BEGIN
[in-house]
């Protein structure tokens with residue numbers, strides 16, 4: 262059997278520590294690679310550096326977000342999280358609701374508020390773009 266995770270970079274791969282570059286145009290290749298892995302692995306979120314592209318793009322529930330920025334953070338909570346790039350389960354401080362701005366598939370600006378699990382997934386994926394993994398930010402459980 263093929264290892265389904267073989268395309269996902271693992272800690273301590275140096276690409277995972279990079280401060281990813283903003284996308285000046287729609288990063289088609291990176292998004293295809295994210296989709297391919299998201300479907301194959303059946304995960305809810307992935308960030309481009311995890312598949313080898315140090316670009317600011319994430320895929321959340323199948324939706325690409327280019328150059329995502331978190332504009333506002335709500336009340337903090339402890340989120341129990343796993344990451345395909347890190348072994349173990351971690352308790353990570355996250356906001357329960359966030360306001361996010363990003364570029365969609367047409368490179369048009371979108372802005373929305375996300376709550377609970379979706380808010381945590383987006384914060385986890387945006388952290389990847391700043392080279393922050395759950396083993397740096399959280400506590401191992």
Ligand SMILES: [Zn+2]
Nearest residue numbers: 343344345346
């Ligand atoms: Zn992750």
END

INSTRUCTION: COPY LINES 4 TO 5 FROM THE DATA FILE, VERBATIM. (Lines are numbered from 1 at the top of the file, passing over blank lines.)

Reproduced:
Nearest residue numbers: 343344345346
């Ligand atoms: Zn992750």